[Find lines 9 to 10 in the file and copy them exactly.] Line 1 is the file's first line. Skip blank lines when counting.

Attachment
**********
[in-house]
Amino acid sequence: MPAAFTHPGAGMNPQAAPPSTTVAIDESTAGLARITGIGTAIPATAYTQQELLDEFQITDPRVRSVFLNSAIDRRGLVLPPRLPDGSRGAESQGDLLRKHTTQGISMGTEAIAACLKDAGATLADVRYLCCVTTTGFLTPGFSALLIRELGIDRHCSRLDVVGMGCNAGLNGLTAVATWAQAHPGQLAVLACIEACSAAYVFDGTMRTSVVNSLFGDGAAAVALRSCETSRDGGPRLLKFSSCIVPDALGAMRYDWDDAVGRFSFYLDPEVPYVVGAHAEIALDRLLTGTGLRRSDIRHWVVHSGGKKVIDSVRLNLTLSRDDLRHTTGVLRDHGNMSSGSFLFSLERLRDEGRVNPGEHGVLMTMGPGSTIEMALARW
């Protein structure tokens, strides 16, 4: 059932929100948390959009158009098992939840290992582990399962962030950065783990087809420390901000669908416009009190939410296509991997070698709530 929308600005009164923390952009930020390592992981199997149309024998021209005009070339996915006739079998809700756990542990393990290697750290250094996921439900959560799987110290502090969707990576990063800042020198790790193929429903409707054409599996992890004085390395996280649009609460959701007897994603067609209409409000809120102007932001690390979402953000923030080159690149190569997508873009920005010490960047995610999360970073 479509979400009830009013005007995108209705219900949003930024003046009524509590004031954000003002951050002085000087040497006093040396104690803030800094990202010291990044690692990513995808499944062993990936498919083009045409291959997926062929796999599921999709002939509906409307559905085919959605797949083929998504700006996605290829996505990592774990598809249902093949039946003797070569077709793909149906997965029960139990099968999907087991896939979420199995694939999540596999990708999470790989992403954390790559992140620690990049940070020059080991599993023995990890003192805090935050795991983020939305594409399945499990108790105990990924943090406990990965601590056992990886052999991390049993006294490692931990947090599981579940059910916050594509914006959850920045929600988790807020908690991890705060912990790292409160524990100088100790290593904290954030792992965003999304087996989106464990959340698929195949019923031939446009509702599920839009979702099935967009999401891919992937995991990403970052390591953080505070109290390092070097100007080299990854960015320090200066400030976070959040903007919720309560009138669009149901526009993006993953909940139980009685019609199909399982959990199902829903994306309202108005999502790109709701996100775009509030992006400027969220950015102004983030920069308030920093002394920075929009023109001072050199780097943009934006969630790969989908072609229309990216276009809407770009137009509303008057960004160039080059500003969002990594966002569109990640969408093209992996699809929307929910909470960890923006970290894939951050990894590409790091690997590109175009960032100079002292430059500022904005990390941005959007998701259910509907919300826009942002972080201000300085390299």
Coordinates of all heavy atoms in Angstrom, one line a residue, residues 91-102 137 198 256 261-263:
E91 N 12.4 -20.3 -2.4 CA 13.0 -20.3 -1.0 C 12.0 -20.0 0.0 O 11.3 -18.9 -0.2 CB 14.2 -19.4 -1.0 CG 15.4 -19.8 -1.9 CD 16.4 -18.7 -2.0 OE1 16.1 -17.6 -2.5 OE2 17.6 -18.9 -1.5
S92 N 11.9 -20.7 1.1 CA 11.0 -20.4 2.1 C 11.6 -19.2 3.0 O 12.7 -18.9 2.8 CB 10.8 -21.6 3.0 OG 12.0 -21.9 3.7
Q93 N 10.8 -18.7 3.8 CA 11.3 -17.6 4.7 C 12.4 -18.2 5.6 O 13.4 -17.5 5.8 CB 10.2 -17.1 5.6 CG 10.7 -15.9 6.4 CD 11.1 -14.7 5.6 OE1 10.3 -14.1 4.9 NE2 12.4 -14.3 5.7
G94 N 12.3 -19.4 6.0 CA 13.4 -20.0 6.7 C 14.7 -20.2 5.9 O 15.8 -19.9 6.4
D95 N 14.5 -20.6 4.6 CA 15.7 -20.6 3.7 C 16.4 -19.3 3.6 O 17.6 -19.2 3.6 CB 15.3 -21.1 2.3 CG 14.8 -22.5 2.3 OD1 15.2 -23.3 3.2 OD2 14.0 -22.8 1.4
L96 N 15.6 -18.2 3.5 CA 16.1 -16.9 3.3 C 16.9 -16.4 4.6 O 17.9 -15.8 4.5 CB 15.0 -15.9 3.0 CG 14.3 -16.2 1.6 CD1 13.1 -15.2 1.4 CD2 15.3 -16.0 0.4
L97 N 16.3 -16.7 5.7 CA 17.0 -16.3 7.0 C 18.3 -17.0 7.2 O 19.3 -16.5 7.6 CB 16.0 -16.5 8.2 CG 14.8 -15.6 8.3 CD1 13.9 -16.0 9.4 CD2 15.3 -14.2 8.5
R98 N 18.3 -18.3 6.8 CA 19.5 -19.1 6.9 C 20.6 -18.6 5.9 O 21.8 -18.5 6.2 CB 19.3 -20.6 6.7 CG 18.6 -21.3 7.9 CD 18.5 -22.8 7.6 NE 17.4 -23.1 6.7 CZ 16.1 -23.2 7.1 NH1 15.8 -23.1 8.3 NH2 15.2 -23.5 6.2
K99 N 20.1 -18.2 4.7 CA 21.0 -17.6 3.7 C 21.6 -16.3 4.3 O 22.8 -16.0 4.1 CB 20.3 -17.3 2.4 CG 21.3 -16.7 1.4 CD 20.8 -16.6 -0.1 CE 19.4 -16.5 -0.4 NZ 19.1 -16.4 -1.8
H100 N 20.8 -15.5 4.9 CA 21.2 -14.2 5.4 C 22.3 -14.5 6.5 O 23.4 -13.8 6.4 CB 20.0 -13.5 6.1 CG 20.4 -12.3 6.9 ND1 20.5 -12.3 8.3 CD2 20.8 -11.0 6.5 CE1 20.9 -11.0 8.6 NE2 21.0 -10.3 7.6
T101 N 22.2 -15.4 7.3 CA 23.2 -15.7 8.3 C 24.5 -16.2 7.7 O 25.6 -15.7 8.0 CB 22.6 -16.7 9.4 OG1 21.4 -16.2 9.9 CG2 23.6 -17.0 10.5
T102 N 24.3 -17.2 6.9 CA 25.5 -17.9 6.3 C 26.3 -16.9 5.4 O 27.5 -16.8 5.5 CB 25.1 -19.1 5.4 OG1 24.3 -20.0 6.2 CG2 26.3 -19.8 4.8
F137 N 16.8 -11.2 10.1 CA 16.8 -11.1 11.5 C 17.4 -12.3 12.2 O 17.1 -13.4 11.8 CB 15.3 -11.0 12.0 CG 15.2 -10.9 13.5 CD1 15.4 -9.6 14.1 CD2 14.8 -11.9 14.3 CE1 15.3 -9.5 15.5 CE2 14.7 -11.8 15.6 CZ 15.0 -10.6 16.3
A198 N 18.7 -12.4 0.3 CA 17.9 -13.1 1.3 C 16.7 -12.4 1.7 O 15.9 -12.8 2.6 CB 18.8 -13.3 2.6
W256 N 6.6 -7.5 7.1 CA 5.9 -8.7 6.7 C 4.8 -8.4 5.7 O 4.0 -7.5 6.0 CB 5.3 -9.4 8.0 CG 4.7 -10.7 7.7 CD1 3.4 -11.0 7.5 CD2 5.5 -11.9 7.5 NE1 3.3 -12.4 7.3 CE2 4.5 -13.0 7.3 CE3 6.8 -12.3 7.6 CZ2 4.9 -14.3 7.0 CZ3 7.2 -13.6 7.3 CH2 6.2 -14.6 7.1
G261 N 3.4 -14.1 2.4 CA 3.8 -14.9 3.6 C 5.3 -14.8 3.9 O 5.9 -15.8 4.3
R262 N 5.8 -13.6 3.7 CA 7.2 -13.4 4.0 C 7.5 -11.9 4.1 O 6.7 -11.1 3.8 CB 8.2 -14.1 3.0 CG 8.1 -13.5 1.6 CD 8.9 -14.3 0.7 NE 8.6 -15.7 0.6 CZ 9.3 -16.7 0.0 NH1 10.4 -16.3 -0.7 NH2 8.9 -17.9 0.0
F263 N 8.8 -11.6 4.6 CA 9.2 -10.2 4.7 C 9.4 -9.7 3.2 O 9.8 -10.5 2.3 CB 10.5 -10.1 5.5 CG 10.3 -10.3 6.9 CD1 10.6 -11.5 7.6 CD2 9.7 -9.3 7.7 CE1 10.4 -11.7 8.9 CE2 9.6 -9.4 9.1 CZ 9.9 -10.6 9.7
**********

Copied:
D95 N 14.5 -20.6 4.6 CA 15.7 -20.6 3.7 C 16.4 -19.3 3.6 O 17.6 -19.2 3.6 CB 15.3 -21.1 2.3 CG 14.8 -22.5 2.3 OD1 15.2 -23.3 3.2 OD2 14.0 -22.8 1.4
L96 N 15.6 -18.2 3.5 CA 16.1 -16.9 3.3 C 16.9 -16.4 4.6 O 17.9 -15.8 4.5 CB 15.0 -15.9 3.0 CG 14.3 -16.2 1.6 CD1 13.1 -15.2 1.4 CD2 15.3 -16.0 0.4